From: Anthony Thompson <mailto:thompson%40signaturepress.com>
To: STMFC <mailto:STMFC%40yahoogroups.com>
Sent: Wed, Mar 21, 2012 1:17 pm
Subject: Re: [STMFC] Re: Pre-orders, pro or con.

Rich Orr wrote:

As a small vendor (not a LHS), I buy directly from two
manufacturers . . . I do selectively require deposits on orders. I
have been stuck with large numbers of items from individuals who pre-
ordered and then declined to accept the items. Usually
locomotives. Anything they order now requires a non-refundable
deposit.
But notice the problem here. The locomotive comes in, it's panned

by somebody somewhere (rightly or wrongly), and the prospective buyer,

who of course had no way to know what would be delivered, declines to

accept. I don't think this is unreasonable behavior. If those who are

"selective" (not saying "picky") find themselves having to pre-pay for

reservations, some will simply drop out, as some posters have

observed. That's a loss of customer, because they don't decline EVERY

engine.

That said, I have no sympathy for the reservation holder who, on

arrival says, "sorry, I changed my mind." That's unreasonable, even

though I realize the dealer has no way to distinguish it from the

buyer who finds the product unacceptable.

Tony Thompson Editor, Signature Press, Berkeley, CA

2906 Forest Ave., Berkeley, CA 94705 www.signaturepress.com

(510) 540-6538; fax, (510) 540-1937; e-mail, mailto:thompson%40signaturepress.com

Publishers of books on railroad history

------------------------------------

Yahoo! Groups Links

http://groups.yahoo.com/group/STMFC/

Individual Email | Traditional

http://groups.yahoo.com/group/STMFC/join

(Yahoo! ID required)

mailto:STMFC-digest%40yahoogroups.com

mailto:STMFC-fullfeatured%40yahoogroups.com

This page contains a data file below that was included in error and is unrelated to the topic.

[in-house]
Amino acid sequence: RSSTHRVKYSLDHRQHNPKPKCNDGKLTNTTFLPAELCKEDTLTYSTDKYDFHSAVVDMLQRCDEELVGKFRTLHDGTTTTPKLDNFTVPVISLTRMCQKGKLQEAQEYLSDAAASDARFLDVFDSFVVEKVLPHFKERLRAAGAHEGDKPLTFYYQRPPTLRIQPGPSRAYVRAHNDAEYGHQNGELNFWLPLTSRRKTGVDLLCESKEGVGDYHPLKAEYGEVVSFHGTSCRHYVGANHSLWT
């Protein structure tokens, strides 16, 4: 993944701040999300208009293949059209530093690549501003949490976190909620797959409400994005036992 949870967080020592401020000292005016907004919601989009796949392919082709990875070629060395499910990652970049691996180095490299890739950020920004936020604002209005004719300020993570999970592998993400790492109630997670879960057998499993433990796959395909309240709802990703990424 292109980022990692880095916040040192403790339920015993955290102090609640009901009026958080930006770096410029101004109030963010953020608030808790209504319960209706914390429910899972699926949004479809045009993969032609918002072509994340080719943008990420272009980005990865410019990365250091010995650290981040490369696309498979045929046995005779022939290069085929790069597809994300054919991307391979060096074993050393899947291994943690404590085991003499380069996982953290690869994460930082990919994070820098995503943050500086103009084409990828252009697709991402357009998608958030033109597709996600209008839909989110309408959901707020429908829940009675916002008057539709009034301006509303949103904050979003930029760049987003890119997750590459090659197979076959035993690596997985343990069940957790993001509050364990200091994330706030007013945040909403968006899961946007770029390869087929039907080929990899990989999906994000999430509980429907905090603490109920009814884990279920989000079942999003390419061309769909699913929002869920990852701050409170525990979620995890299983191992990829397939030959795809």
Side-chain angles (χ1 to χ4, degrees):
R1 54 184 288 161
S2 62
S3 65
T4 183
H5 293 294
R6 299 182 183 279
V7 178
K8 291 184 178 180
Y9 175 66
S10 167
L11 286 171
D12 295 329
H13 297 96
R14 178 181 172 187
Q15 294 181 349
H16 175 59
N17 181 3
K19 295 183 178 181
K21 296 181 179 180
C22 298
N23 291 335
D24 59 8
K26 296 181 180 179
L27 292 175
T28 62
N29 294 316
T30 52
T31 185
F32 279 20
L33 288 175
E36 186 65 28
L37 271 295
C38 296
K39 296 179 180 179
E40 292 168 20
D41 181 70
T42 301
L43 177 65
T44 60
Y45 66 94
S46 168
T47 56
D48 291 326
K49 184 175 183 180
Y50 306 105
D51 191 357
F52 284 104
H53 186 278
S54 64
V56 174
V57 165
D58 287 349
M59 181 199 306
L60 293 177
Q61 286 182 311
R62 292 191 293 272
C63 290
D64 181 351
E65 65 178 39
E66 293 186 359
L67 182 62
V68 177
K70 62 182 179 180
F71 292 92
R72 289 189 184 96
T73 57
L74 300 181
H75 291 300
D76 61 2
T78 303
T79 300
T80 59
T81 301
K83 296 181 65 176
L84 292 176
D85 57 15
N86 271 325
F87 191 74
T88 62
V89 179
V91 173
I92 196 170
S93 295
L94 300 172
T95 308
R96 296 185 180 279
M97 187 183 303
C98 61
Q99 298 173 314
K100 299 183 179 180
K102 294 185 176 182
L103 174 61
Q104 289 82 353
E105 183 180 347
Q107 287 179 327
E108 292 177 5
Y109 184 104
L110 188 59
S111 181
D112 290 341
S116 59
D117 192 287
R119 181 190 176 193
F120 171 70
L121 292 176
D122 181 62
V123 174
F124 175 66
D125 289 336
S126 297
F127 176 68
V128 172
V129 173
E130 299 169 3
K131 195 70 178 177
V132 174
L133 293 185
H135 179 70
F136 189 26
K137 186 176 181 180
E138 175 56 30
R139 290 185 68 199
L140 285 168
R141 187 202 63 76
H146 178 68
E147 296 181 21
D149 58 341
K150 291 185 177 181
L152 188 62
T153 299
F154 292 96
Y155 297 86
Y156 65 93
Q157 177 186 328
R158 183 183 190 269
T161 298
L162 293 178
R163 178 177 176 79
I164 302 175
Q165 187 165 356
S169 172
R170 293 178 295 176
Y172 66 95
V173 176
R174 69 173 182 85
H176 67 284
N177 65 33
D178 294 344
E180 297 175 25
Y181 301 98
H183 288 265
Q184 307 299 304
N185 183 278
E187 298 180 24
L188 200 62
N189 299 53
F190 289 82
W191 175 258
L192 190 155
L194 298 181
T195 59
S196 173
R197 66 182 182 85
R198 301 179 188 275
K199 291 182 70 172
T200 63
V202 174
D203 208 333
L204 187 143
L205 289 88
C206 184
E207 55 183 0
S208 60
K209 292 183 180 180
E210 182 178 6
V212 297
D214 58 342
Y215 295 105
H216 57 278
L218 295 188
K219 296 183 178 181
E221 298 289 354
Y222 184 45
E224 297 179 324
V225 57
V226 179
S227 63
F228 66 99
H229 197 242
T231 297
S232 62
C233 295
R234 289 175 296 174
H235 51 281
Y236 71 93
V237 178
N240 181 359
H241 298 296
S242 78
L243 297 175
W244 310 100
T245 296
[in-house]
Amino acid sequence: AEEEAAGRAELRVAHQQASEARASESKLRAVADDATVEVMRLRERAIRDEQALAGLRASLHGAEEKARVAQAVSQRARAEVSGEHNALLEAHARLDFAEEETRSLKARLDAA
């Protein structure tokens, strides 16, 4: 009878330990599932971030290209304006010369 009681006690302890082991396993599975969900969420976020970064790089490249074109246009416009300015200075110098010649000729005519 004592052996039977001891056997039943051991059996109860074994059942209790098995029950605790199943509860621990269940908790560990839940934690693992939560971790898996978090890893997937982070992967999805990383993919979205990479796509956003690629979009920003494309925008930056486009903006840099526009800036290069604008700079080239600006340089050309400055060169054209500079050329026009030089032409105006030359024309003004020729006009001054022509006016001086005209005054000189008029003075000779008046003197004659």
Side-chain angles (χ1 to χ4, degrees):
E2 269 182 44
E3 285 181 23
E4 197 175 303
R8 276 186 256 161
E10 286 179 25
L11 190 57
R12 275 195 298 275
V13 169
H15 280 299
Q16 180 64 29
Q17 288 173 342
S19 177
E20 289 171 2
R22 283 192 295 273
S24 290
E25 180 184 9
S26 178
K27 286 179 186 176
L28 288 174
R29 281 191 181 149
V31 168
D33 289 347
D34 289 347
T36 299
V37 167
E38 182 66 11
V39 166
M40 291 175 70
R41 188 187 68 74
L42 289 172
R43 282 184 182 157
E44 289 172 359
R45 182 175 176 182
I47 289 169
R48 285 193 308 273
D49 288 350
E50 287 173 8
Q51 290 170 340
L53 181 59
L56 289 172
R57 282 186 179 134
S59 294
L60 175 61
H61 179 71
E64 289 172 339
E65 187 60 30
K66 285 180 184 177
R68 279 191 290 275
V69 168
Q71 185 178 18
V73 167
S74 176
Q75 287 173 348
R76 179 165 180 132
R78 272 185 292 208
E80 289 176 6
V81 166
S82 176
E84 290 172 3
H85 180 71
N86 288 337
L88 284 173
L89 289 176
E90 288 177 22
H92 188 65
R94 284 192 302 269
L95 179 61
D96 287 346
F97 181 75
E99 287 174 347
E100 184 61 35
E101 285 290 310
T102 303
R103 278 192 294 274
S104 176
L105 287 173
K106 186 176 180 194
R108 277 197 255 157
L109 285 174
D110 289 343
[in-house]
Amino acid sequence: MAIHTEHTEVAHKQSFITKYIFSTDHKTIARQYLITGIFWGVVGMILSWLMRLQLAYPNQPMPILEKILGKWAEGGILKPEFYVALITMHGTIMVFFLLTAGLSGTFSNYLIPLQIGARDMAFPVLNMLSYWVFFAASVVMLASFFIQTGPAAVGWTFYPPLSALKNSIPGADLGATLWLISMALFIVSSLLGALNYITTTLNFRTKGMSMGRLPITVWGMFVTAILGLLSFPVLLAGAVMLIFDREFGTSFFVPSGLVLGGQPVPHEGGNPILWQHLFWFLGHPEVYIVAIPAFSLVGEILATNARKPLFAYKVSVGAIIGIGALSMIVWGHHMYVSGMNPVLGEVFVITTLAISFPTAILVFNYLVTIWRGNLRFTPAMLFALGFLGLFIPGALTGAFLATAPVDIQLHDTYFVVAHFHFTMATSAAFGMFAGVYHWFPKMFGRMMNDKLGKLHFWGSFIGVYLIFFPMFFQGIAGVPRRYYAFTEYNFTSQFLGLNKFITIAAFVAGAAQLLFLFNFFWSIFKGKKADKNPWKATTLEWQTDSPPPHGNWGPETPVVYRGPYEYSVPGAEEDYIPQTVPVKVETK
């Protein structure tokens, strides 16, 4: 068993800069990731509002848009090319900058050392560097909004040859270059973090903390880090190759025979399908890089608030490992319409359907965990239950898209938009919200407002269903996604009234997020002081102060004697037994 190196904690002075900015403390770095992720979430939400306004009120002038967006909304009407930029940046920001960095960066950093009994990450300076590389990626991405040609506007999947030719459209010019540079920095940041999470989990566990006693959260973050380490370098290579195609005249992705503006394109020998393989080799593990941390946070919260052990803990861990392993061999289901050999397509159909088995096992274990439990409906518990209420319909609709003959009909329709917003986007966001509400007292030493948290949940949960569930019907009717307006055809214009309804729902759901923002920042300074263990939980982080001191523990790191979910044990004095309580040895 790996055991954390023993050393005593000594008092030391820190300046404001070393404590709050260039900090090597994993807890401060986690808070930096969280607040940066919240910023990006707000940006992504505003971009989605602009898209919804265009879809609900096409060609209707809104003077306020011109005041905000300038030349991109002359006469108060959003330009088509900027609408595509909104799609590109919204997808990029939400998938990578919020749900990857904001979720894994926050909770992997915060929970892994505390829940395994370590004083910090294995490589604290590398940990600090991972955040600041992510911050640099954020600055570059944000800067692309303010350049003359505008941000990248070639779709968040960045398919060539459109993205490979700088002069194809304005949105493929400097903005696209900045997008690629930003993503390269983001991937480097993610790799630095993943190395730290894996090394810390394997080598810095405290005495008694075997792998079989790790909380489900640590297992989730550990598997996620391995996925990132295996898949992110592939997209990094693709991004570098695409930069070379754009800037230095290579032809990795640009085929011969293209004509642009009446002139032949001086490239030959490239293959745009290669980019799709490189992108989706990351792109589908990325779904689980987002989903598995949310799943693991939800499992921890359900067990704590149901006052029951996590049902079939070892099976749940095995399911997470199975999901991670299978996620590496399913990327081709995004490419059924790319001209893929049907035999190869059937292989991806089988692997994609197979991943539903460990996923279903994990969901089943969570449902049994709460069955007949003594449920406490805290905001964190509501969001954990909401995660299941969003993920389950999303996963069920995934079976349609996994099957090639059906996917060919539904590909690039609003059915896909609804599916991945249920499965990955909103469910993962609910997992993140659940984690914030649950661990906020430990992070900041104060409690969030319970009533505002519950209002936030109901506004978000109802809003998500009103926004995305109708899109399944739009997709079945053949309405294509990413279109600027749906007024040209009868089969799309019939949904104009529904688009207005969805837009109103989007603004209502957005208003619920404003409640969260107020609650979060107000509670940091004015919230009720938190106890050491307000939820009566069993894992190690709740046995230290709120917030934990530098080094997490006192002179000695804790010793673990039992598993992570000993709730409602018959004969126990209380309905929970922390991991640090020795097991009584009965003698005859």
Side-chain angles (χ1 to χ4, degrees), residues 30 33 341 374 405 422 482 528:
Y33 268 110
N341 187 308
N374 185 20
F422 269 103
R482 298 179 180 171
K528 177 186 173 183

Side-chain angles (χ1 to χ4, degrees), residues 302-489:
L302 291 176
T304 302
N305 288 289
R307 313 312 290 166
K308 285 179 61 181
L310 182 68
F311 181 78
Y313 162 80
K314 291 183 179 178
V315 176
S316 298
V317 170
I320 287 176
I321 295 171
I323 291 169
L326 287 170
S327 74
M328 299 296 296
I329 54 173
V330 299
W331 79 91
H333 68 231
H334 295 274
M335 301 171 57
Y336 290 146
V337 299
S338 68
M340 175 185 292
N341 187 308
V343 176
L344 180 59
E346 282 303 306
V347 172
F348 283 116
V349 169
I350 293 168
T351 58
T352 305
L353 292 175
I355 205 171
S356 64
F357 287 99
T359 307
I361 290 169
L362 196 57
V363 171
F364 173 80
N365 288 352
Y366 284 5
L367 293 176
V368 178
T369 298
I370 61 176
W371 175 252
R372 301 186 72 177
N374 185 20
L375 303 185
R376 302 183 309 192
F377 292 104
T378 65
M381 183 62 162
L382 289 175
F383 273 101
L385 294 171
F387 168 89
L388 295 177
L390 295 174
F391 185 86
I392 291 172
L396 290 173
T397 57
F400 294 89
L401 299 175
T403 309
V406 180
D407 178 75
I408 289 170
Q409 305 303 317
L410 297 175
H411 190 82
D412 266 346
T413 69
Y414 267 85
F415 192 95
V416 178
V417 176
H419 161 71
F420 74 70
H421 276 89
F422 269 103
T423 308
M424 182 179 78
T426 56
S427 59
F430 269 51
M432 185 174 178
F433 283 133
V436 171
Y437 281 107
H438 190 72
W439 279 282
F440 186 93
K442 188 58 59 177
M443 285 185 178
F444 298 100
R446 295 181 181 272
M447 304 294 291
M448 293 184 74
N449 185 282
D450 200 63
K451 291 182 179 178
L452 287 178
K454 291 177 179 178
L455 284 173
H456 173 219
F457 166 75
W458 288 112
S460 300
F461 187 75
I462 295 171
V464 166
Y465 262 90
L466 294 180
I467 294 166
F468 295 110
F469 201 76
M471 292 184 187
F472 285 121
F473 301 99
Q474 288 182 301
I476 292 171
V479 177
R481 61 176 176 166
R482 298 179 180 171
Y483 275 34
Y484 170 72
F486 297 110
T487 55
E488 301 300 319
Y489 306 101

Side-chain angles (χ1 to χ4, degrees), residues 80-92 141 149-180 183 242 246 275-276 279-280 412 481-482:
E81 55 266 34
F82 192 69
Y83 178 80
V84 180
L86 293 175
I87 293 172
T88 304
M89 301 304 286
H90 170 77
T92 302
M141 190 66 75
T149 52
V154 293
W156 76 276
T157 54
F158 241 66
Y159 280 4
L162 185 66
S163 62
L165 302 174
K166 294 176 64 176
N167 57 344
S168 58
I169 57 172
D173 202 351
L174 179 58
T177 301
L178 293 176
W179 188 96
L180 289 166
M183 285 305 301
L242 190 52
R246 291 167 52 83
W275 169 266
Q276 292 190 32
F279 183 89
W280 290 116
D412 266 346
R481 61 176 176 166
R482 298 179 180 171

mailto:STMFC-unsubscribe%40yahoogroups.com

http://docs.yahoo.com/info/terms/







[Non-text portions of this message have been removed]



------------------------------------

Yahoo! Groups Links





[Non-text portions of this message have been removed]


SUVCWORR@...
 

Al, that is actually theft by deception and considering the amount a felony in most jurisdictions. You could have filed a criminal complaint against him and a civil complaint and regained your money. Dealers don't have that option unless they go to the extent of having every person who pre-orders execute an enforceable contract.

Rich Orr

-----Original Message-----
From: Al and Patricia Westerfield <westerfield@...>
To: STMFC <STMFC@...>
Sent: Wed, Mar 21, 2012 5:55 pm
Subject: Re: [STMFC] Re: Pre-orders, pro or con.


Many years ago when I worked for a company and had actual money to spend I
pre-paid for several very expensive locos from a dealer who will remain
nameless. An Erie triplex and L-1 0-8-8-0 camelback. The dealer never ordered
them. After waiting well after others received theirs I asked the dealer where
mine were. He said they hadn’t come in yet. I called the importer who told me
all had been shipped but he just happened to have a spare triplex that had come
back from being repaired. I sent the importer the money and confronted the
dealer. The dealer reached into the bottom of his rotating counter and pulled
out a wad of bills. He peeled off over $1,000 for me. This is how he conducted
business? I never went back. He soon went out of business. But I did get the
L-1 from another source. – Al Westerfield

From: SUVCWORR@...
Sent: Wednesday, March 21, 2012 2:47 PM
To: STMFC@...
Subject: Re: [STMFC] Re: Pre-orders, pro or con.


The problem is, it is the dealer who gets stuck. The manufacturer has been paid.